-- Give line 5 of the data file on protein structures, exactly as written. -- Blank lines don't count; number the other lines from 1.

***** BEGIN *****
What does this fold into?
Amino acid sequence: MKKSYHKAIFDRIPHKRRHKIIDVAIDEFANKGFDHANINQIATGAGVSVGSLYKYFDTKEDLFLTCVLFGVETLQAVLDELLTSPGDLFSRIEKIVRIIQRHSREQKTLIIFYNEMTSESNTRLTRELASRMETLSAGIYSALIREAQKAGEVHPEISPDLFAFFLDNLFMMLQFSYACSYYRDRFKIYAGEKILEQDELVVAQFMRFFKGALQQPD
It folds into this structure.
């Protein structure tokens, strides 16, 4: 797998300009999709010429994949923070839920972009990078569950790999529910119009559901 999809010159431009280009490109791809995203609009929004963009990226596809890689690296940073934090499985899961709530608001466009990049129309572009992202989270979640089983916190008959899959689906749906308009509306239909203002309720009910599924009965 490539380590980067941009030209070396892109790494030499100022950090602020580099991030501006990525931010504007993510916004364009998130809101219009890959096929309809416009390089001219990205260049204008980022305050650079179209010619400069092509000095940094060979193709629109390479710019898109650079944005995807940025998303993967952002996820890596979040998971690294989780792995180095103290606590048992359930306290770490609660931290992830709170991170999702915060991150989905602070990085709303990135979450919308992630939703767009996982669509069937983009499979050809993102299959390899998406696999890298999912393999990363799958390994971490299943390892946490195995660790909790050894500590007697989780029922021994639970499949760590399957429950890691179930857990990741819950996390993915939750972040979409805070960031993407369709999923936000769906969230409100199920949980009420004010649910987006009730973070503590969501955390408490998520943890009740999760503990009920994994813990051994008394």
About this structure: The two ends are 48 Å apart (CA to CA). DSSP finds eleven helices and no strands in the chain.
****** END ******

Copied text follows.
About this structure: The two ends are 48 Å apart (CA to CA). DSSP finds eleven helices and no strands in the chain.